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Oak Poisoning, Tannin Toxicosis
Acorn toxicosis occurs in many animal species, caused by ingestion of hydrolyzable tannins contained within oak twigs, buds, leaves and acorns. There are over 500 different species of oak (Quercus spp) trees worldwide, with 70 of them found in North America. All species are considered to be toxic to animals. Oaks are classified into multiple groups according to their leaf color--red, black and white oaks. Black and red oak species have been reported to contain higher amounts of tannins then others.
Green acorns and budding leaves contain the highest levels of tannins, which is why most cases of poisoning in animals occur in the spring and fall. Fallen acorns will remain toxic for several months after falling from trees. Tannins have protein-binding properties, and are known to inhibit several digestive enzymes, including proteases, pectinases, amylases, cellulases, and lipases. When ingested by ducks, the tannins, as well as their metabolites, can cause severe gastrointestinal damage, kidney dysfunction, and possibly mechanical obstruction.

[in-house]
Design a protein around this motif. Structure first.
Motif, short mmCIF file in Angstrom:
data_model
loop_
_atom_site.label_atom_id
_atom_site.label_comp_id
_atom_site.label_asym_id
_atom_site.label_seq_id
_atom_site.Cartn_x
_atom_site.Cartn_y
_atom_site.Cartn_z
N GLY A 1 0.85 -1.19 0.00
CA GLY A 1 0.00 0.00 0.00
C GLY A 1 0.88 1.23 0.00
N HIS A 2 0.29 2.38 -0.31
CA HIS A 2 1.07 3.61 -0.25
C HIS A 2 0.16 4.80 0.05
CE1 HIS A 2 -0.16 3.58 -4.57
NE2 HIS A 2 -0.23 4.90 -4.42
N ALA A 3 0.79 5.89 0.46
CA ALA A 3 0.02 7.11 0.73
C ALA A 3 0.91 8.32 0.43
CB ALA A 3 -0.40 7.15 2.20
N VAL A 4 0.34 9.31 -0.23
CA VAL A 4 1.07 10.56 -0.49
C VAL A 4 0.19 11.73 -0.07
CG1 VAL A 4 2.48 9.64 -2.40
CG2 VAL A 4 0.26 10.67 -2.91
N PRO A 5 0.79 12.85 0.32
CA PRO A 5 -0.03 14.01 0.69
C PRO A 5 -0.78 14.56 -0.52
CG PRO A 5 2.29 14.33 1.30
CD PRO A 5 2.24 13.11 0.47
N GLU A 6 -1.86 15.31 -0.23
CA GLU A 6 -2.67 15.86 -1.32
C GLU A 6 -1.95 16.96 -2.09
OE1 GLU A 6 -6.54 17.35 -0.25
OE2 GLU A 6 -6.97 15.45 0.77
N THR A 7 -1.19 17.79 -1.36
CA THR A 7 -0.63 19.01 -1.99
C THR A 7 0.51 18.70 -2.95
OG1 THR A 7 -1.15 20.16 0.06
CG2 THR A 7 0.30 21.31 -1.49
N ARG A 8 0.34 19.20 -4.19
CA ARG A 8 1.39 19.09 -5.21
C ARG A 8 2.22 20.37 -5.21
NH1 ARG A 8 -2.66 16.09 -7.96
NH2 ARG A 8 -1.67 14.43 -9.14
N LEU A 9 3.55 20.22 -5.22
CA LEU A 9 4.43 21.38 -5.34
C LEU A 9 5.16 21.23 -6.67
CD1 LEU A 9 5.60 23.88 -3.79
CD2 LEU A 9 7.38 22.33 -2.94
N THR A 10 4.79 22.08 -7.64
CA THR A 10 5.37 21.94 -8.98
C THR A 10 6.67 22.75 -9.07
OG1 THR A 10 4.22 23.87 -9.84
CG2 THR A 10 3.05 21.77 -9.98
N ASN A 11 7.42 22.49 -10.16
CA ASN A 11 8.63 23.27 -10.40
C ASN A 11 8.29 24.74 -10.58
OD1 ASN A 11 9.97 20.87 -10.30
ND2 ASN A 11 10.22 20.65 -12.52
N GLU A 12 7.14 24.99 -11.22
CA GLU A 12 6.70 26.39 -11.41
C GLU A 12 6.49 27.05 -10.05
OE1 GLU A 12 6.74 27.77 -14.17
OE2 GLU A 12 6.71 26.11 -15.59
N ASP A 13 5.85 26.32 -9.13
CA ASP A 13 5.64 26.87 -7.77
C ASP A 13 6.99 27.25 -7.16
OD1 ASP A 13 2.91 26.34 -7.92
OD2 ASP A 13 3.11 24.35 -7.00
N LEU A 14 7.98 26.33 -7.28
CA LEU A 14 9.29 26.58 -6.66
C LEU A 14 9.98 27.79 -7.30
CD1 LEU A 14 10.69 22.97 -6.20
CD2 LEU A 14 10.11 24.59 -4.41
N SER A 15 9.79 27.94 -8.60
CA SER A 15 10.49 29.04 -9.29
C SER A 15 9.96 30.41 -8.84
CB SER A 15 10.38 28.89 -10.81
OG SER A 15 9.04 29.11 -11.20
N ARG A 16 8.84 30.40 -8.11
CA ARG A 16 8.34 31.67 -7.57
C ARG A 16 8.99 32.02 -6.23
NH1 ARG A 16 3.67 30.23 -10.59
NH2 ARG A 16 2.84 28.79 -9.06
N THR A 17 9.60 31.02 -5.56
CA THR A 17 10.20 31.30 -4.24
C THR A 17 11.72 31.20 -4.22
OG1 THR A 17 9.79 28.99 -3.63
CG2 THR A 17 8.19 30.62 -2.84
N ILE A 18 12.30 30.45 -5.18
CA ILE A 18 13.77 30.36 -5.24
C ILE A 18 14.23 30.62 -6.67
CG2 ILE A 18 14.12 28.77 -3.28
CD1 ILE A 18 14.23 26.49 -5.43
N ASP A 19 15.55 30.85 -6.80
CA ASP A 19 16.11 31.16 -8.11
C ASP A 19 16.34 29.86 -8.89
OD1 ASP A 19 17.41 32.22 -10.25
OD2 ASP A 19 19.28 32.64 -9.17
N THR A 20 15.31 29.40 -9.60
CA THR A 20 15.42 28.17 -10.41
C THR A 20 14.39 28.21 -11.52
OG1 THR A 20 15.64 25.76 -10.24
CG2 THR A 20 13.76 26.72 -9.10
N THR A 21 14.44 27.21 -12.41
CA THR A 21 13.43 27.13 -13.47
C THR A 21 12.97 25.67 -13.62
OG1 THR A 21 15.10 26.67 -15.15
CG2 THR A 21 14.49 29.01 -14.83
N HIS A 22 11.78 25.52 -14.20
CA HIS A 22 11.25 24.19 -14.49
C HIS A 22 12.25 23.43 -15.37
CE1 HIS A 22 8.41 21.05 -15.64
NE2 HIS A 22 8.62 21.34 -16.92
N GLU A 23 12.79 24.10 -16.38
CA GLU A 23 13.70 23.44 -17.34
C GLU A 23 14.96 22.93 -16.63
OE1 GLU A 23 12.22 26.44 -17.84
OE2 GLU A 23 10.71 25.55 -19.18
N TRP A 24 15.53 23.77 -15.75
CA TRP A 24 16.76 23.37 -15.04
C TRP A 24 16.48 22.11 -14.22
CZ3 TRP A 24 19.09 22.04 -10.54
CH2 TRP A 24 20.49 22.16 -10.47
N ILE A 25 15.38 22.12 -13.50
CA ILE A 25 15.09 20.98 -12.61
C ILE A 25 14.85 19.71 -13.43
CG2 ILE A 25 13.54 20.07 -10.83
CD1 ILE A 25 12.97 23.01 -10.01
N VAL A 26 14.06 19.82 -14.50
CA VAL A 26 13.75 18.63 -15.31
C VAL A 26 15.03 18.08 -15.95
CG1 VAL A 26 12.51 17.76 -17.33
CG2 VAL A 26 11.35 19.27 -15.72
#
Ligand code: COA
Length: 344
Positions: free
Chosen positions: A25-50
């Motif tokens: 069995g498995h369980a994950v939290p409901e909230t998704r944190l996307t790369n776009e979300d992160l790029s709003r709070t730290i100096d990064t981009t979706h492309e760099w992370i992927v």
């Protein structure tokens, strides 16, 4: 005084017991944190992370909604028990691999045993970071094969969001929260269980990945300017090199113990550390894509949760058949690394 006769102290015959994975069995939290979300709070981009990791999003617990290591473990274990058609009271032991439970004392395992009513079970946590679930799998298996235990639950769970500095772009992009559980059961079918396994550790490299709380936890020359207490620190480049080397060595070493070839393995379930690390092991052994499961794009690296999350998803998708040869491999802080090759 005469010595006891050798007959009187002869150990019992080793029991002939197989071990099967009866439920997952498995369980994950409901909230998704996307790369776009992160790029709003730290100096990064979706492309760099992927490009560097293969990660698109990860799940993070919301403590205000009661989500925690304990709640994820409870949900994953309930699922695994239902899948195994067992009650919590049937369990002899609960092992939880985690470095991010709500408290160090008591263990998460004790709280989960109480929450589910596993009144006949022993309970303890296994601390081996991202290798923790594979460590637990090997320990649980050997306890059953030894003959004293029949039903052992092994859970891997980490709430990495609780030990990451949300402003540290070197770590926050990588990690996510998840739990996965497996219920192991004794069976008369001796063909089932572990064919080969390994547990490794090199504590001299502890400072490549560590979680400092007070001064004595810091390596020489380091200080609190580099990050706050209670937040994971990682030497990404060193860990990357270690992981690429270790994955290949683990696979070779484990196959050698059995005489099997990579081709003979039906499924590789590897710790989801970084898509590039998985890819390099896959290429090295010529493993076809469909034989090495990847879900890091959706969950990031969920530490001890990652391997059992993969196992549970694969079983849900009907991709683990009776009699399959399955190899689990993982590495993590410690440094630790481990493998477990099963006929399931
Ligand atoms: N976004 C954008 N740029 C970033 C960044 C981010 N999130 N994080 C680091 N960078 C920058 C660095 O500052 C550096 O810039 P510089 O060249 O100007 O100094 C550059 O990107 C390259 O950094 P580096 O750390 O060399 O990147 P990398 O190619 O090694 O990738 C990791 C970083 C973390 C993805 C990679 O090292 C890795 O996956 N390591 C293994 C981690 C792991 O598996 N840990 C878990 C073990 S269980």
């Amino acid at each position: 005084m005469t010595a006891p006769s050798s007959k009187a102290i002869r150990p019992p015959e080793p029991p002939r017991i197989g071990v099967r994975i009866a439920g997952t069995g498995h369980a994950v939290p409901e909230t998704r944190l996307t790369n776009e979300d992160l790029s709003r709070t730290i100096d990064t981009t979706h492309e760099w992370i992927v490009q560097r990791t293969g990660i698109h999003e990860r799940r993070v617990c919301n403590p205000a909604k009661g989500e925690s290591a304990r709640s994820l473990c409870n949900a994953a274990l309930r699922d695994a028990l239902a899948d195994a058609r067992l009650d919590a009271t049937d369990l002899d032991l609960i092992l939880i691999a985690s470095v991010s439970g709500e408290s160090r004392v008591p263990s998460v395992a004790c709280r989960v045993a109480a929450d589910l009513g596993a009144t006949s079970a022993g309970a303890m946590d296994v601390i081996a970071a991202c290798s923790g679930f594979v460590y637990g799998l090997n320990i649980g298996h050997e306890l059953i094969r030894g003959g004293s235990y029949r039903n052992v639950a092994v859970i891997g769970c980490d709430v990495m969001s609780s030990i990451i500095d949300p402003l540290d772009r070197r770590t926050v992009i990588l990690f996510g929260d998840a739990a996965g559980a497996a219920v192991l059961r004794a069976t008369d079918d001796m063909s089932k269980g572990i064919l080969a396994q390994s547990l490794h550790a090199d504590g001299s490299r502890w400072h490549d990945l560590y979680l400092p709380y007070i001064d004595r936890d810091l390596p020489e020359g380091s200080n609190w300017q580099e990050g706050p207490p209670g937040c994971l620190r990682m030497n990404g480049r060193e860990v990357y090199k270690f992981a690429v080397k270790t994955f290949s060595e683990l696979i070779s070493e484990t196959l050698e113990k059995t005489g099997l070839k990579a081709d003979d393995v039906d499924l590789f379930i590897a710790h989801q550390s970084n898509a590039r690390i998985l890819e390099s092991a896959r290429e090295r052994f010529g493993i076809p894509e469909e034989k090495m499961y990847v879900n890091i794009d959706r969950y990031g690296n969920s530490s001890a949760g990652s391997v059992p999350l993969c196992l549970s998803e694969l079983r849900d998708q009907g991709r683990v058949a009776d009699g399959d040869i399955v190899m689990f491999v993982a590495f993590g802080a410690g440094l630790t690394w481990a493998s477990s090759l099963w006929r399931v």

Most of the time, signs of poisoning occur several days following when oak parts were first eaten by ducks. If diagnosis and treatment are delayed, it often leads to severe kidney and liver damage which can be fatal. The only treatment for ducks with suspected acorn toxicosis is prompt recognition of the problem, supportive care, and diuresis to aid in clearing the toxins from the duck's system.
Ducks don't normally have a preference for eating acorns, and if they are well fed acorn toxicity is generally not a problem. However, sometimes there is an occasional duck that likes acorns, and will actively seek them out to eat. Some ducks can eat acorns without any problems, however others develop signs of poisoning.